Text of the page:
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Bringing Up Baby with Baby Signs: Language Ideologies and Socialization in Hearing Families

From: Sign Language Studies
Volume 7, Number 4, Summer 2007
pp. 387-430 | 10.1353/sls.2007.0026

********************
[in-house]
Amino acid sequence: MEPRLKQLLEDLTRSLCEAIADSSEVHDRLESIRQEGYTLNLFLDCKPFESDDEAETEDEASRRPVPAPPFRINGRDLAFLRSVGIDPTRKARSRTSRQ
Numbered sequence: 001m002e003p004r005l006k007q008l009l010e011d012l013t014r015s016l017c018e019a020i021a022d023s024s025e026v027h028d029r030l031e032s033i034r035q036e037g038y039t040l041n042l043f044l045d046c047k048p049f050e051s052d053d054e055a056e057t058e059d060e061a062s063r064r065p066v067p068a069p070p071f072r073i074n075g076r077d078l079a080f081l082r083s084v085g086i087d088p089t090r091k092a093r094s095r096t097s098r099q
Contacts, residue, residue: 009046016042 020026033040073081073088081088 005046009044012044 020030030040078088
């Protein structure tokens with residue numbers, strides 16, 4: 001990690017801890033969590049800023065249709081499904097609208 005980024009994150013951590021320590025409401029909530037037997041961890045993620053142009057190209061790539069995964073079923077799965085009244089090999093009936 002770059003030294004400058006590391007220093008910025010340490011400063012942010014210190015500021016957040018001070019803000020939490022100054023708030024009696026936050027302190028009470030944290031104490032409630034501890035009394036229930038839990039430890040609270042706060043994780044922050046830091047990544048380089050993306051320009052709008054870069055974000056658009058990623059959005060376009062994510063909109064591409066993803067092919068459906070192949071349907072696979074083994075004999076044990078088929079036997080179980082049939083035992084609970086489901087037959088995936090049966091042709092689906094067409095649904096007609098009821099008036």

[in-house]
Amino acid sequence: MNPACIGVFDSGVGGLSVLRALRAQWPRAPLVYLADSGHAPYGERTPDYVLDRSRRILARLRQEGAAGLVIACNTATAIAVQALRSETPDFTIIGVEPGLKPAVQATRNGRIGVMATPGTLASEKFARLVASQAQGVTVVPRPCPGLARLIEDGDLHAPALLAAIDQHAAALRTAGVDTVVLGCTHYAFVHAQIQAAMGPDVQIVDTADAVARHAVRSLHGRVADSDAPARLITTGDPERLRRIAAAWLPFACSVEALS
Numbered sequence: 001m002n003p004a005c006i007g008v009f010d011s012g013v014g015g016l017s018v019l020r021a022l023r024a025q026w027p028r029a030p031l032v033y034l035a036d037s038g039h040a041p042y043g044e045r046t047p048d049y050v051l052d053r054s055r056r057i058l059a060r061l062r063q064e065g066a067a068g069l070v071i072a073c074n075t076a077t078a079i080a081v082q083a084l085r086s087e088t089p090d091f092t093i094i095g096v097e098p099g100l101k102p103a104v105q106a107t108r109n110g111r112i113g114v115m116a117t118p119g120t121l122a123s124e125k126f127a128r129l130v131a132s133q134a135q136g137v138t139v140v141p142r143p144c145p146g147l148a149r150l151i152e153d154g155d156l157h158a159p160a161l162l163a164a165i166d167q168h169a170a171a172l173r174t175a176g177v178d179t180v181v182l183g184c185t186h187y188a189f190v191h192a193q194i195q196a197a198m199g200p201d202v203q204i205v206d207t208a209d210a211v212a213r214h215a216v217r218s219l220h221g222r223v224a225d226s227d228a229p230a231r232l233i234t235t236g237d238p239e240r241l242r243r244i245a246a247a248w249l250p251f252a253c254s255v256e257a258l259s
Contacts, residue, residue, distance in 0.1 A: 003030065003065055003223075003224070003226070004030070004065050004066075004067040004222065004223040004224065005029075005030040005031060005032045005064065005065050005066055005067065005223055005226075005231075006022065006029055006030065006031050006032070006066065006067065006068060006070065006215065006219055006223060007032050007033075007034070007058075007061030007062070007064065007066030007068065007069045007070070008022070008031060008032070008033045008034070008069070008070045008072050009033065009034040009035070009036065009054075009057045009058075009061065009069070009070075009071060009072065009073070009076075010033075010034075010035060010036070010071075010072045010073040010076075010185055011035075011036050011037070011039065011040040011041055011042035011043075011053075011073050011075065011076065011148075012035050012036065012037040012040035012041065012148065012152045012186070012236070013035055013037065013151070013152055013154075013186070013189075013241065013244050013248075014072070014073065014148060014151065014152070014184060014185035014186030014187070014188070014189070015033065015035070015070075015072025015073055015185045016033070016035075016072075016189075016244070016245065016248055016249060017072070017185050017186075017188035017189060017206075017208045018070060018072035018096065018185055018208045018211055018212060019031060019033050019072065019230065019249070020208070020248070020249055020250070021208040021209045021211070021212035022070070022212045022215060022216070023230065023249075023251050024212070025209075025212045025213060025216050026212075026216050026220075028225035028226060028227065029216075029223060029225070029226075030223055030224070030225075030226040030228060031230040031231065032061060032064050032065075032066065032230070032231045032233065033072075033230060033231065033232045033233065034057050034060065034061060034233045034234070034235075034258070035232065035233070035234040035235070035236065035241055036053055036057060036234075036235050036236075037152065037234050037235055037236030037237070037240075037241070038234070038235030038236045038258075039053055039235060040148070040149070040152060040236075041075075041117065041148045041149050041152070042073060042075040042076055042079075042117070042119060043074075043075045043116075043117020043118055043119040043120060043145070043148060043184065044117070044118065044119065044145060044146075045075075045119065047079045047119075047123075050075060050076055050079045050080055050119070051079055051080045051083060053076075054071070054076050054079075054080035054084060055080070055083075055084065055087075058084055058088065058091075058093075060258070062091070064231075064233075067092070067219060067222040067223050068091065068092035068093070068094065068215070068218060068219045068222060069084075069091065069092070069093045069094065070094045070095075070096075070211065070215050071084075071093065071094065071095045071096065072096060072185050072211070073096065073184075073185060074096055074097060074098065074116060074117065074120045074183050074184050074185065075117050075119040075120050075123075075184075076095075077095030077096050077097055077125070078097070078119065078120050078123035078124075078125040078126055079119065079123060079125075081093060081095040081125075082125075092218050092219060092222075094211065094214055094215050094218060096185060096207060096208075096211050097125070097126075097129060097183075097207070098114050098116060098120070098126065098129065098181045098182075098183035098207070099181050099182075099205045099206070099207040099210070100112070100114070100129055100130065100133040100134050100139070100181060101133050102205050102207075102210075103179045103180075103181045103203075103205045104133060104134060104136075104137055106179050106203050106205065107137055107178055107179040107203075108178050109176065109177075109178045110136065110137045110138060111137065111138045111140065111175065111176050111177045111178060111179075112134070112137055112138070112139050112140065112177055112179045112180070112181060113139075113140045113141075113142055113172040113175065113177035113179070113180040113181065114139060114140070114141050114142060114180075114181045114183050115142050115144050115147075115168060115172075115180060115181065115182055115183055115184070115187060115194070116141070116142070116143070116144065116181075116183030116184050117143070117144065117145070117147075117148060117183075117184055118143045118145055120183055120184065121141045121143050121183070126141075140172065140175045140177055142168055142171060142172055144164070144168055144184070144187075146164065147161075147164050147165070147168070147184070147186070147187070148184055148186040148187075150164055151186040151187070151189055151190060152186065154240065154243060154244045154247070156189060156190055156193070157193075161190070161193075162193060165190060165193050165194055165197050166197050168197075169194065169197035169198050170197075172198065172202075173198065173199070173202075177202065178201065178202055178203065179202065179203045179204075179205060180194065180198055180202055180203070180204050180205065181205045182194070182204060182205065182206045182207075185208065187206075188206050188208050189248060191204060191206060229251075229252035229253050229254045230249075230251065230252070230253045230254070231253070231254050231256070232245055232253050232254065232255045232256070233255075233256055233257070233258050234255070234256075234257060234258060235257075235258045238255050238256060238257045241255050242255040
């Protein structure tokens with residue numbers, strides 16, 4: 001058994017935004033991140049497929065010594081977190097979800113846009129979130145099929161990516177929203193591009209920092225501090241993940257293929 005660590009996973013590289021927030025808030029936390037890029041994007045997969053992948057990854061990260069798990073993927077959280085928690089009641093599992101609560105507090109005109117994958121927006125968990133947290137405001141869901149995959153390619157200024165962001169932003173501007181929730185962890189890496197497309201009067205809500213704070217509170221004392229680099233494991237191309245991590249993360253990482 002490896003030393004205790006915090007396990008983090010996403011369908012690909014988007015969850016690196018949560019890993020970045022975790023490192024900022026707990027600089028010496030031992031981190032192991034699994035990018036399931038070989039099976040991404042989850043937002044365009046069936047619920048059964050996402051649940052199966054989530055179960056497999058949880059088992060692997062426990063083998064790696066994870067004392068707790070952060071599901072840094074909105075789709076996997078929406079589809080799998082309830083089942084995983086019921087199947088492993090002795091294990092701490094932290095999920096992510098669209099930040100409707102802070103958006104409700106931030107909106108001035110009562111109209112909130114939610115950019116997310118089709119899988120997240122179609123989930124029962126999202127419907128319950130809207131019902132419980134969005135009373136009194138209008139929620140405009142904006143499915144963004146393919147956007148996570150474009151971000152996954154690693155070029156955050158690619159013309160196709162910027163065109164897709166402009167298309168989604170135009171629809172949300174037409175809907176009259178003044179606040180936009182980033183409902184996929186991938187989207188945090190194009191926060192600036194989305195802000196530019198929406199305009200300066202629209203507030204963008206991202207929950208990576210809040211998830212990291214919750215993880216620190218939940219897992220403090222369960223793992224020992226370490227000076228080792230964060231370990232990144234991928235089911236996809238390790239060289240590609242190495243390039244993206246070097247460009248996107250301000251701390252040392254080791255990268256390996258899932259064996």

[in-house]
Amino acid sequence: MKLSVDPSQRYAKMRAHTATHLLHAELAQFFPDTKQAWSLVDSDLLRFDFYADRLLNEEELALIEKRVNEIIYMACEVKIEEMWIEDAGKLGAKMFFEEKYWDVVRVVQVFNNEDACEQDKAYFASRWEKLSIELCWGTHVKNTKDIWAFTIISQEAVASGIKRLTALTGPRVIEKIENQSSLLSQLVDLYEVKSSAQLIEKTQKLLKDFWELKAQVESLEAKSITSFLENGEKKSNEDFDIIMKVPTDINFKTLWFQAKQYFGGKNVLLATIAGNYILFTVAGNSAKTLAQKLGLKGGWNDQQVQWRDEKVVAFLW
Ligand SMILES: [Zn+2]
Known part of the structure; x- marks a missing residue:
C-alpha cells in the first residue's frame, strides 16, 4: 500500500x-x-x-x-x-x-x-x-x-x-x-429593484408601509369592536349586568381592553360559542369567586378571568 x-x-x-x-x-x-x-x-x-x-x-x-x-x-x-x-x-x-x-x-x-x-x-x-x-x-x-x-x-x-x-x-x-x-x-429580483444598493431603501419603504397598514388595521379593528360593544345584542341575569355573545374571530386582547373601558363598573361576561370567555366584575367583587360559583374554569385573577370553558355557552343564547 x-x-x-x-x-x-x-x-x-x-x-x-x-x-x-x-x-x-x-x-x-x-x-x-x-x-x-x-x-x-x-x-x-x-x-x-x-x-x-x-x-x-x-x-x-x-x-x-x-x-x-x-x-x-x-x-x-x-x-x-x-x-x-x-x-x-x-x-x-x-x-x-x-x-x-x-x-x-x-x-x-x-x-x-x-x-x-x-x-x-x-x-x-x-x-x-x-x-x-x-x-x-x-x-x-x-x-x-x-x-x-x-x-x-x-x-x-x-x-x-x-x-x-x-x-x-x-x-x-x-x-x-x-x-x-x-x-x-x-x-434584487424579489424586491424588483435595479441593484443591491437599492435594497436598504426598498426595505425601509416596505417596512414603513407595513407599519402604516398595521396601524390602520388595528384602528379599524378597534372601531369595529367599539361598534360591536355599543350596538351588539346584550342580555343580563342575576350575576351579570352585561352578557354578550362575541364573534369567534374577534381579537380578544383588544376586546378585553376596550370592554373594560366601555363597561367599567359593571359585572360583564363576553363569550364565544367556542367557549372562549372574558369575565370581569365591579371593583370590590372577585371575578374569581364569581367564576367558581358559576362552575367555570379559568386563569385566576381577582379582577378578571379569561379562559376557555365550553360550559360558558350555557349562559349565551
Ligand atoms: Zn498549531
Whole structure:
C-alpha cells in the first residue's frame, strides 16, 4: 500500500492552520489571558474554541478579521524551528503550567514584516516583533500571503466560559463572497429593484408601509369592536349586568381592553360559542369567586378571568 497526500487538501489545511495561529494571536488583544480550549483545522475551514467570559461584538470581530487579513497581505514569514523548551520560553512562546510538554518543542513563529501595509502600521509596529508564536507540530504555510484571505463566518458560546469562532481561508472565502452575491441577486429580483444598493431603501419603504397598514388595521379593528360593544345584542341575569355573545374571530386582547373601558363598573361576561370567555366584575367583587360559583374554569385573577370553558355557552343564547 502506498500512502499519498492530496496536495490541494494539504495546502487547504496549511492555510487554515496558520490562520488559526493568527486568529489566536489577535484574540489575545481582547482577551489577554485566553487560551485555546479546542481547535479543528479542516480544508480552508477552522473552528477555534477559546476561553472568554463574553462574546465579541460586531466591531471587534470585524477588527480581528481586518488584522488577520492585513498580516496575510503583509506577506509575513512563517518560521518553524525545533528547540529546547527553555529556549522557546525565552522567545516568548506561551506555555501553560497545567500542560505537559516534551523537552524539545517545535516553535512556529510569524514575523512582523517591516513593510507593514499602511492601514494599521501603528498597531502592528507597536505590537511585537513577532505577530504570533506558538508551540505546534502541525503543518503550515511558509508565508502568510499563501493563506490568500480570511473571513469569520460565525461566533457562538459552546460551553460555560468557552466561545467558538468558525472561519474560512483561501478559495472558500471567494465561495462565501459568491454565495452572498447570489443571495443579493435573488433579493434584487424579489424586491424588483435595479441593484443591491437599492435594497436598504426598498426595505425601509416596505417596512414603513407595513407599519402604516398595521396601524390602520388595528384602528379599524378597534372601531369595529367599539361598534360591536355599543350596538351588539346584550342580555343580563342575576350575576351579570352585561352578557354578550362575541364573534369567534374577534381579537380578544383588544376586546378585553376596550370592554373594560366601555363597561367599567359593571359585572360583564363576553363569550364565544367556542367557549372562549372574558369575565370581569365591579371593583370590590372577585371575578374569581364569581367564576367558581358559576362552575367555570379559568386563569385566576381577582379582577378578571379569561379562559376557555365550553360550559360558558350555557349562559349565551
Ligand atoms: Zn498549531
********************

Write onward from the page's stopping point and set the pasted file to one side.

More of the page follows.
This article presents an analysis of the functional roles of "baby signing" in three hearing families in the United States, as well as a discussion of the social and ideological implications of the practice. Baby signing fits neatly into the parenting ideologies prevalent in the professional class in the United States that value early communication with infants and promote the adaptation of the physical, social, and linguistic environment to their perceived needs. In the details of everyday interaction, these baby-signing families used signs to socialize their children into particular interaction rituals. Although the practice of baby signing is based on a positive view of sign language, the relatively quick disappearance of signing from the family discourse as the children grow older will most likely limit any long-term impact on the hearing community's views of sign language.

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